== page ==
Retaining workers keys sweeper growth

Contractor Snapshot

1175099249154 10298706

Commercial Power Sweeping, Suffolk, VA, doesn't do any advertising. None. Yet they've been growing at 30% a year for each of the past few years and Karl Stauty, president, spends most of his time visiting and bidding new jobs, generally more than 10 a week.

"It's word of mouth, absolutely word of mouth," Stauty says. "If a property manager wants something done right and he's willing to spend a little money to make sure it's done right, then he hires us."

Stauty says Commercial Power Sweeping does the job right because they hire and keep the right people.

Begun in 1986 as a one-sweeper operation with only two days of sweeping per week, Karl and Lori Stauty, secretary/treasurer who runs the night-sweeping shift, now have a 22-person company that operates 16 sweepers and employs a mechanic on call 'round the clock. The company is a founding member of the North American Power Sweeping Association and has been involved in the association since the mid-1980s.

Stauty says 90% of sales are from sweeping (60% parking lots, 40% streets). The remaining 10% of sales comes from the catch-all Building Maintenance division, begun 12 years ago to offer sign replacement, graffiti removal, and small asphalt repairs. They only offer those types of services to existing customers.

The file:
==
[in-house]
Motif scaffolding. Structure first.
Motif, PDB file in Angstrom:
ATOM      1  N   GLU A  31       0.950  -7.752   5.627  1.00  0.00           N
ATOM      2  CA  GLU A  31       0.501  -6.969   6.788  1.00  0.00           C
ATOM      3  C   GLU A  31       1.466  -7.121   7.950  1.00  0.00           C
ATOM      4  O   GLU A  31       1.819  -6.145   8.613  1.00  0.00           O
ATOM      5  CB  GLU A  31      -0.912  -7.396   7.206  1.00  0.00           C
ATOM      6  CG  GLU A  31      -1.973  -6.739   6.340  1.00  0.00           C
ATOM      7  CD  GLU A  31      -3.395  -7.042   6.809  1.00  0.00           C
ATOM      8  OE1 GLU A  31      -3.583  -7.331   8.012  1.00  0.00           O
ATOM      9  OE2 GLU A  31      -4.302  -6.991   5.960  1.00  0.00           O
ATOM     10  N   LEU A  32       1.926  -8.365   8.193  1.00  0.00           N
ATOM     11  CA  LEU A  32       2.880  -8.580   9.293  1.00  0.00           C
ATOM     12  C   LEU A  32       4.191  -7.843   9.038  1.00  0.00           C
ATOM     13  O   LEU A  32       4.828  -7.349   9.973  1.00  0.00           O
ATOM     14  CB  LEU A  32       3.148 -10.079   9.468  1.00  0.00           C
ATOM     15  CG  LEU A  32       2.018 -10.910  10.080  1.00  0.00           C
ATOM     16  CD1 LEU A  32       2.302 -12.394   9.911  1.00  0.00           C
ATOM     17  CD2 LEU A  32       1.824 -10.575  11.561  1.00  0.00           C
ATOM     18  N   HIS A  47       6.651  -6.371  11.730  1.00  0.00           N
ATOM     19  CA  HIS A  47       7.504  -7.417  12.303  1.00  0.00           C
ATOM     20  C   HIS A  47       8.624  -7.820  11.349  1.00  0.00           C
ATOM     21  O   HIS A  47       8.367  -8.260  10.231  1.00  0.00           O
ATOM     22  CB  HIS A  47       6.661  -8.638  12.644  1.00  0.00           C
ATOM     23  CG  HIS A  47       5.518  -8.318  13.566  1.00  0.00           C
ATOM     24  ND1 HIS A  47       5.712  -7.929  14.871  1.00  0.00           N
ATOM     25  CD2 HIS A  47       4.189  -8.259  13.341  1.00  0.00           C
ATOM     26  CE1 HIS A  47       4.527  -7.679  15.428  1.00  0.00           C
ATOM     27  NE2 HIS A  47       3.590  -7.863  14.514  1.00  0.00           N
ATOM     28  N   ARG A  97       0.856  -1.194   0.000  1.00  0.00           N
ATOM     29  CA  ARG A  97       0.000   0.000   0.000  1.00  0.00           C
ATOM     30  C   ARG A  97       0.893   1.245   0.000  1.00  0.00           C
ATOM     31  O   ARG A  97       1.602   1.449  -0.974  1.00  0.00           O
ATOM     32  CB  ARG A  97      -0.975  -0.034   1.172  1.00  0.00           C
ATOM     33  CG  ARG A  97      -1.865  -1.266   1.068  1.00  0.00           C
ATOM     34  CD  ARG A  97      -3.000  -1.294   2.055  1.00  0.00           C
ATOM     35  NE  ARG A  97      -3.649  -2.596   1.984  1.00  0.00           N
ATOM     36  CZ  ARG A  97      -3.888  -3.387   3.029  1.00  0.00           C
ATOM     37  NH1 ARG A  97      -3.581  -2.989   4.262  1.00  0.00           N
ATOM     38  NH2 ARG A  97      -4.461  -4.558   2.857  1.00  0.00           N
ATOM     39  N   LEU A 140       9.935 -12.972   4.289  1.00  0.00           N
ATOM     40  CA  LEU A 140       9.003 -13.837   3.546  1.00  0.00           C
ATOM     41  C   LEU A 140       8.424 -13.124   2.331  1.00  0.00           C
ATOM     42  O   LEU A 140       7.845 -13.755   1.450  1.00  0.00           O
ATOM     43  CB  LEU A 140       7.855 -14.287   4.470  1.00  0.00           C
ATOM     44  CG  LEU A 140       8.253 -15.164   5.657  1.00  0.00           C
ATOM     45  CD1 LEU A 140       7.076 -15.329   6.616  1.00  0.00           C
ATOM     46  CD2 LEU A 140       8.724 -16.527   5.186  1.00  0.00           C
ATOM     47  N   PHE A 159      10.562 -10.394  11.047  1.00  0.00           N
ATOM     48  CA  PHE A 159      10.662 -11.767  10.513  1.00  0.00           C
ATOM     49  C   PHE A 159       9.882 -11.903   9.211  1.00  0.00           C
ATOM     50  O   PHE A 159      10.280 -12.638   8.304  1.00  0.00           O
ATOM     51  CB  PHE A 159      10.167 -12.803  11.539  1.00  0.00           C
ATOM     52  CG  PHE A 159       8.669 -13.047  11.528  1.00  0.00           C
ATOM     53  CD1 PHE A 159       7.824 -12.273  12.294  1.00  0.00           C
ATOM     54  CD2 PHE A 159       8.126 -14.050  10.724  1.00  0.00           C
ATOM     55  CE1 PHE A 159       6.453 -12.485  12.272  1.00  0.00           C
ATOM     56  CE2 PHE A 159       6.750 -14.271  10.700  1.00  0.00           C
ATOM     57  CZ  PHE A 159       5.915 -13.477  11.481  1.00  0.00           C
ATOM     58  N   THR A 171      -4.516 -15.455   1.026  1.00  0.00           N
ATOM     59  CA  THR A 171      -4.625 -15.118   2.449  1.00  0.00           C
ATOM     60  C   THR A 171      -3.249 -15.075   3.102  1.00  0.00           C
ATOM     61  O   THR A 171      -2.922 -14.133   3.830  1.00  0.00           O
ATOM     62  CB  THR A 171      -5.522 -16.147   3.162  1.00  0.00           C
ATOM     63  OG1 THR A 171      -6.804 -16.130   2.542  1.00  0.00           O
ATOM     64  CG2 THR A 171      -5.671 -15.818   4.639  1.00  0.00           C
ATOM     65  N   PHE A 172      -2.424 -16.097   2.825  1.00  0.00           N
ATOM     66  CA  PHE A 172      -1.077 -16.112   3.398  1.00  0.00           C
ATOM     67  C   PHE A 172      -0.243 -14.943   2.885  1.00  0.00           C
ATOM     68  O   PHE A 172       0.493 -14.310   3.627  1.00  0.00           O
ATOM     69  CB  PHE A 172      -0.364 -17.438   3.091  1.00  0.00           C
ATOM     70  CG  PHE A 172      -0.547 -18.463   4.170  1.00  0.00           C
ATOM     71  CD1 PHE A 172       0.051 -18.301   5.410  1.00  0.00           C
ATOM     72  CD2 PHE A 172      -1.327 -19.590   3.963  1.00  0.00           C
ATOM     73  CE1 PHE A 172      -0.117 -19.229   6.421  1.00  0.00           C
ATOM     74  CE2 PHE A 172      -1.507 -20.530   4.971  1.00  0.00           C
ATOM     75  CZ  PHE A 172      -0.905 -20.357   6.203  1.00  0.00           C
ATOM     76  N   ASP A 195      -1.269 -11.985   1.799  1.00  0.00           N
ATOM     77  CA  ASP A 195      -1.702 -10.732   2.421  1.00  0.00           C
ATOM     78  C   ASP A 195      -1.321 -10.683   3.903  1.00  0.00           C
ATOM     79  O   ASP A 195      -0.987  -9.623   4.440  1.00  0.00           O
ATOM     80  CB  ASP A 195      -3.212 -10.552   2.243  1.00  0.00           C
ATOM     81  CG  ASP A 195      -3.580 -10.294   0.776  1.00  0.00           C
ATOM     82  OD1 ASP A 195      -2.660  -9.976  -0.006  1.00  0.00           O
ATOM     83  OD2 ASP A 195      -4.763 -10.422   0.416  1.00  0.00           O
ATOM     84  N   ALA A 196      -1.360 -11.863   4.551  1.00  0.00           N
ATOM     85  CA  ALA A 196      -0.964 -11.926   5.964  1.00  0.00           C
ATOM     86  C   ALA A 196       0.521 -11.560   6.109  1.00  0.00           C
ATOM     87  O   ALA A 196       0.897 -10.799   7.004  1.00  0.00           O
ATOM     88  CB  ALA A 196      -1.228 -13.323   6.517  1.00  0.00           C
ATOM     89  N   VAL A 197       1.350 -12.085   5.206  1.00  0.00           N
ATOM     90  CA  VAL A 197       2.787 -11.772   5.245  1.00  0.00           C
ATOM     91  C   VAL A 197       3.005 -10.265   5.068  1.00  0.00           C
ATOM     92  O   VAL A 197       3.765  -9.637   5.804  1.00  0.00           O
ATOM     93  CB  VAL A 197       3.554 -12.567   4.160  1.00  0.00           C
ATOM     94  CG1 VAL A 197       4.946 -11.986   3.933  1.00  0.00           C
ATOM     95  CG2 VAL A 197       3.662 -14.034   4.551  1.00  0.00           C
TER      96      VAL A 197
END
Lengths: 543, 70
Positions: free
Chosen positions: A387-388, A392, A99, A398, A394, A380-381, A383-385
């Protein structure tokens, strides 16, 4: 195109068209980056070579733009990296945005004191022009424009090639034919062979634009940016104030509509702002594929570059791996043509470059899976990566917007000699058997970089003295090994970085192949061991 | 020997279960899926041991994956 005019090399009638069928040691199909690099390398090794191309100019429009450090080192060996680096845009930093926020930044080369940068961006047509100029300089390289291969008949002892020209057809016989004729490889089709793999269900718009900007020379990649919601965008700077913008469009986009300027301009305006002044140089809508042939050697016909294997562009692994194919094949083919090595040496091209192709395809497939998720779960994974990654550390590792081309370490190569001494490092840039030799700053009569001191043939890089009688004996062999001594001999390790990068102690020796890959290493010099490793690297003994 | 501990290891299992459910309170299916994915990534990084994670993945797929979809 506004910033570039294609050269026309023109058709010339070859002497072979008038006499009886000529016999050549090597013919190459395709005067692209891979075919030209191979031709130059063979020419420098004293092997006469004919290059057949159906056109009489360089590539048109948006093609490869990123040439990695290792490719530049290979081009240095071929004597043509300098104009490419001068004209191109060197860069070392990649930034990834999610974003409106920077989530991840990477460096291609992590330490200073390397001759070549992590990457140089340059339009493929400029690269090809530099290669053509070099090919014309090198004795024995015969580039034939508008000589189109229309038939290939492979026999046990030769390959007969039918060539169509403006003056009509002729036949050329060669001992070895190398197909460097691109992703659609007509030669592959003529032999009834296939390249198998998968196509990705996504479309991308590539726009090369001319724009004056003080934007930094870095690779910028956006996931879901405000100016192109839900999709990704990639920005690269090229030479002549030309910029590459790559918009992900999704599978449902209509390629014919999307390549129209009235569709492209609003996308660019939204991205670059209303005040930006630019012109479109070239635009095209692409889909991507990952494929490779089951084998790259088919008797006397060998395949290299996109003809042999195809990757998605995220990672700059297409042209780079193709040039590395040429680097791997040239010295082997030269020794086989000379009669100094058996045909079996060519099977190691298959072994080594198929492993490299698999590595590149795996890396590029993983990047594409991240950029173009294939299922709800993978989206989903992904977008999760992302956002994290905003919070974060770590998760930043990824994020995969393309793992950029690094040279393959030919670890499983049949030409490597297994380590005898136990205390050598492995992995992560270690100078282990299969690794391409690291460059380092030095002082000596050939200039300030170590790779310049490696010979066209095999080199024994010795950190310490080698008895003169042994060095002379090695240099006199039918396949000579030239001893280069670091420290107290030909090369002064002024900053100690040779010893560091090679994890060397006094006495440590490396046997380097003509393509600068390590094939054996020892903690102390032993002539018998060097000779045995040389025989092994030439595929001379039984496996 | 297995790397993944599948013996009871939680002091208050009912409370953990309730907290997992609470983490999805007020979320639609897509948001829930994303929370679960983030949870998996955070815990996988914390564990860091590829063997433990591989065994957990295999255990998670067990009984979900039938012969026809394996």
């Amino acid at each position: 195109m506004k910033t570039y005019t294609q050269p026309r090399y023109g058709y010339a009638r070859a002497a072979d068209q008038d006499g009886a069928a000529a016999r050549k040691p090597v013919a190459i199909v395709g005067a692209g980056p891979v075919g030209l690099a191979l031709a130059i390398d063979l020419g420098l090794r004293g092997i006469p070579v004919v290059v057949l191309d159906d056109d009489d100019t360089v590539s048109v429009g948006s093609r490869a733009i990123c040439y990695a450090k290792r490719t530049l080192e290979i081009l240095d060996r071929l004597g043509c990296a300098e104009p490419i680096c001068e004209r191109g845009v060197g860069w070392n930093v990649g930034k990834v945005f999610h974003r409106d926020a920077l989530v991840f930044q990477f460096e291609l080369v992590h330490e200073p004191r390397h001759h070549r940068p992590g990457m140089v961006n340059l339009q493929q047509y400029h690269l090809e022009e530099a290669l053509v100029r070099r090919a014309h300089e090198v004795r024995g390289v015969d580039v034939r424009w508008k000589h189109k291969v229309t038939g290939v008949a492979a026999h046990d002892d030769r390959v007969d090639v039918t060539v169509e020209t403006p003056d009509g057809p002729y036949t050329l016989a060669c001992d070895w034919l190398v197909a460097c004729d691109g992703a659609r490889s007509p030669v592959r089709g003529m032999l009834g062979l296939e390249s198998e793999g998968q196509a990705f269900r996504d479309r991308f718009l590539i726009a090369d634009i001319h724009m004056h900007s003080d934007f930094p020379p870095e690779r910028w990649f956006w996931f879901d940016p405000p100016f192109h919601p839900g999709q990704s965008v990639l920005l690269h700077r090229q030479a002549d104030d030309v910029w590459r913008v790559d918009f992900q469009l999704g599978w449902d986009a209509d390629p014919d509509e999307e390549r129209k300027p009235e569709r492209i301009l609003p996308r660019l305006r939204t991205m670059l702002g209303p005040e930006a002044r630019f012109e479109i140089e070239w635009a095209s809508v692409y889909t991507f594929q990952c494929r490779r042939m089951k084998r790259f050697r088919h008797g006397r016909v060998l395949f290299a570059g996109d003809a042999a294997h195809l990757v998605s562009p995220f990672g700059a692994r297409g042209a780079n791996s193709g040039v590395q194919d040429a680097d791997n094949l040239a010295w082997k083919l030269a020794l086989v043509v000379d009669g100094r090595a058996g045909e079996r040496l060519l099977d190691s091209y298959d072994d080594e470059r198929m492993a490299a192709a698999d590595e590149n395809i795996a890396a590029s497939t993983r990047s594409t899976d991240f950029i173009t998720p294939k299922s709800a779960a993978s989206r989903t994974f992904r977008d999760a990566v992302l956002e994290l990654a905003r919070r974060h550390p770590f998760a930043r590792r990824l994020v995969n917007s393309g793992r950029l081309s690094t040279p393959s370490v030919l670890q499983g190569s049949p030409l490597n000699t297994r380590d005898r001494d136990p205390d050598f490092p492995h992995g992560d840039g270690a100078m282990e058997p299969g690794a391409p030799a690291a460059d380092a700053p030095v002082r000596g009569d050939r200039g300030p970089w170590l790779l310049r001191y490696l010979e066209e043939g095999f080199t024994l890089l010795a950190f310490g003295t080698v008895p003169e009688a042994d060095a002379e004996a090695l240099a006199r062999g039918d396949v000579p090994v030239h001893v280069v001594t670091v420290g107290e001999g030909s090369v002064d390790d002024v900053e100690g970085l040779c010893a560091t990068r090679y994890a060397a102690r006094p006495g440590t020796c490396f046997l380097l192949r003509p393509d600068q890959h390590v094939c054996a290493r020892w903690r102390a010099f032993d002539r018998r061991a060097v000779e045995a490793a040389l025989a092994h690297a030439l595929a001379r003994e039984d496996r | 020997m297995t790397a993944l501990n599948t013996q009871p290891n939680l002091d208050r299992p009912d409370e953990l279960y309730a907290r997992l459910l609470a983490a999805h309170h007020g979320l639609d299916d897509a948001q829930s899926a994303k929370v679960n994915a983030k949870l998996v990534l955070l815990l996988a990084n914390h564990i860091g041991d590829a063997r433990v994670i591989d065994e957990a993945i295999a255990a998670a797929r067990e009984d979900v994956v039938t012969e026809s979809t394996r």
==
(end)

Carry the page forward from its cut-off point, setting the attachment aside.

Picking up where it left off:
"We started that division to make ourselves more valuable to our existing customers and to give us more regular contact with them, and that's exactly what's happened," he says. "If the operator brings something to our attention and we bid it and get the job, the operator gets a monetary award." He says it's not uncommon for operators to earn upwards of $400 a month in bonuses.

"By doing that our competition just doesn't exist as far as our property manager customers are concerned," Stauty says. "We work hard for them so they're not going to switch companies just to save a few dollars."

Stauty says it's the attention to detail that enables Commercial Power Sweeping to retain customers while charging higher prices, and that, he says, is a credit to his employees.

"A service is only as good as your employees and that's the absolute key," Stauty says. "We all can hire someone and put him in a truck and hand him a routing sheet and send him out, but once he's out there what he does is based on his own ethics and his own desire to represent the company well. We have a great group of people working with us, and those people make us successful."

The company finds quality people by advertising for "operator" as opposed to "driver" because "operator" instills a different mentality.

"An ad for "operator" brings a different type of person in here," he says. "The people who work for us are operators. They are operating a piece of expensive equipment and we expect them to operate, not just drive it. We also expect them to get out of the vehicle and do what's needed on each job, and too often people applying for a "driver" opening are unwilling to get out of the vehicle."

Once it hires people, Commercial Power Sweeping makes a strong effort to retain its good employees, and the fact that some have been with the company 14 years demonstrates their efforts are successful. Stauty says that in addition to compensating employees well, the company provides full benefits, including medical, dental, and health insurance and a retirement program. They also pay for uniforms and buy each employee two pairs of boots a year.

"We're only as good as the people we have doing the work, so it just makes sense that we do what we can to keep them," he says.